The Economic Systems of Foraging, Agricultural, and Industrial Societies, by Frederic L. Pryor. Cambridge: Cambridge University Press. 2005. Cloth, ISBN: 0521849047, $75.00; paper, $29.99. 316 pages.
Frederic L. Pryor is an incredibly prolific scholar with a distinguished and enviable record of research and publication. His citation of his own works in the bibliography ran to over a page and a half and included several that piqued my curiosity, particularly a co-authored article titled "What Did Adam and Eve Do for a Living?" in BR: Bible Review. In addition, he has been called upon to be a consultant to a number of prestigious organizations and serves on the boards of several nonprofit institutions.
The level of research that went into this book is astounding as the author mentions researching one point for over a year. The book is rich and dense with data and at times difficult to read. Page after page has multiple substantive footnotes, and one is never sure whether or when to interrupt the narrative to read them. My early books had the same problem, but I later learned to work most everything into the text itself so as not to lose my readers. The data amassed and statistically massaged is truly monumental, but the question remains open as to whether the outcome was worth the effort.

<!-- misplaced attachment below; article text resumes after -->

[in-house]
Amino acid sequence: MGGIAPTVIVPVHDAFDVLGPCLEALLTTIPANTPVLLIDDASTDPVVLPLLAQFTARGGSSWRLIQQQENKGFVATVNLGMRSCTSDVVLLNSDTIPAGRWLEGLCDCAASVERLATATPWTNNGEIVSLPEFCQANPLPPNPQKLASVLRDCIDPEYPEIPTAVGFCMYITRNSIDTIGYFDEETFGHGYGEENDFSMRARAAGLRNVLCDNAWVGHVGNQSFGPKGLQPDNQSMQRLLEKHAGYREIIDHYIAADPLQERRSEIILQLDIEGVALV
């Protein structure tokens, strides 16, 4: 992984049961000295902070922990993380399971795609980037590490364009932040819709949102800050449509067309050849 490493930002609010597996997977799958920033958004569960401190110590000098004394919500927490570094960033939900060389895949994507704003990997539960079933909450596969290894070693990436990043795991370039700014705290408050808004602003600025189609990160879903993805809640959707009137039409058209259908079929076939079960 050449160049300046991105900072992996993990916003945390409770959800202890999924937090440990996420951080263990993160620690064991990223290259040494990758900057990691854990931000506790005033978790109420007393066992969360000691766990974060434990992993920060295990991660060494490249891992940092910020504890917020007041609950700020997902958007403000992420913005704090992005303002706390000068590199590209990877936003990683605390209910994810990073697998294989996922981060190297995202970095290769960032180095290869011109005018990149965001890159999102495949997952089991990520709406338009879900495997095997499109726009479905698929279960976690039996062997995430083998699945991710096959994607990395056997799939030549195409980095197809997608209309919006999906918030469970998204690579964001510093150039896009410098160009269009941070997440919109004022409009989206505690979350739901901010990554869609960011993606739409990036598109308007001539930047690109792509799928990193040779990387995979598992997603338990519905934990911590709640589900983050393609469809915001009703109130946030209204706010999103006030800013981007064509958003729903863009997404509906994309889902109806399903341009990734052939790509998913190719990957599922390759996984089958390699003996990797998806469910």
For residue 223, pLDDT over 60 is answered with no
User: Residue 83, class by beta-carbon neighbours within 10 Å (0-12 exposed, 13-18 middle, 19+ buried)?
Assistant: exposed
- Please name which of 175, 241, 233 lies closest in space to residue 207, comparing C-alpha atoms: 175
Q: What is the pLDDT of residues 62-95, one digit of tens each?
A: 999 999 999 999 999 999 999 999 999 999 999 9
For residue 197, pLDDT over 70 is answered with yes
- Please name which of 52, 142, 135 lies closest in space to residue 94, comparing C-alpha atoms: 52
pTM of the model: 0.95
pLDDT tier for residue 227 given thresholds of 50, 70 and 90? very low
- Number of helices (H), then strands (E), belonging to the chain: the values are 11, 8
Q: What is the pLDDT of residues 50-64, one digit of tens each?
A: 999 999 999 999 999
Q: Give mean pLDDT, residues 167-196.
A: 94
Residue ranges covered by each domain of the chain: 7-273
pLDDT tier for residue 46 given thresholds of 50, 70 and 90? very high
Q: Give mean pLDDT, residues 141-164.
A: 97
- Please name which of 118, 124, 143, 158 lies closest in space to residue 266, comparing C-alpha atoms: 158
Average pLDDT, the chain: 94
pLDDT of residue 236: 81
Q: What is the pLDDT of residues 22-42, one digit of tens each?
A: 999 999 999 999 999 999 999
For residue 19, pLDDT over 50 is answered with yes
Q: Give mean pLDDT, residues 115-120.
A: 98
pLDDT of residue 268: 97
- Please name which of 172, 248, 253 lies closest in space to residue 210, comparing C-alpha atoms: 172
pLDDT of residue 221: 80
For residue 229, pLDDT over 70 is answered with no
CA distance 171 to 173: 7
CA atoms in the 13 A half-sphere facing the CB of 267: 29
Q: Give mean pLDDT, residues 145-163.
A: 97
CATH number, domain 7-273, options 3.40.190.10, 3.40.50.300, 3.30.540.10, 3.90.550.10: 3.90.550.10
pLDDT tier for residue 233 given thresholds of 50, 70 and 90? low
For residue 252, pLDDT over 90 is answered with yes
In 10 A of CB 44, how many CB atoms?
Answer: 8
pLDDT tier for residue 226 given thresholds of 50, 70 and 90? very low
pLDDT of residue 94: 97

The goal of this book is nothing less than to analyze the vast array of economic systems, past and present, and "make sense of this exuberant profusion, which represents a tribute to humanity's ingenuity at organizing itself" (p. 3). Quite honestly and frankly, I am probably the worst possible reviewer for this book. To me, it was largely a taxonomic enterprise and I rarely find taxonomies to be useful. Given this "exuberant profusion" of "humanity's ingenuity at organizing itself," I had trouble from the beginning believing that a useful outcome would emerge. At times, the author himself seems to have reached that conclusion as he sometimes remarks on the impossibility of generalizing a particular condition.
The book's title is an accurate indicator of the content as three of the five parts are (2) "Foraging Societies," (3) "Agricultural Societies," and (4) "Industrial/Service Societies,"...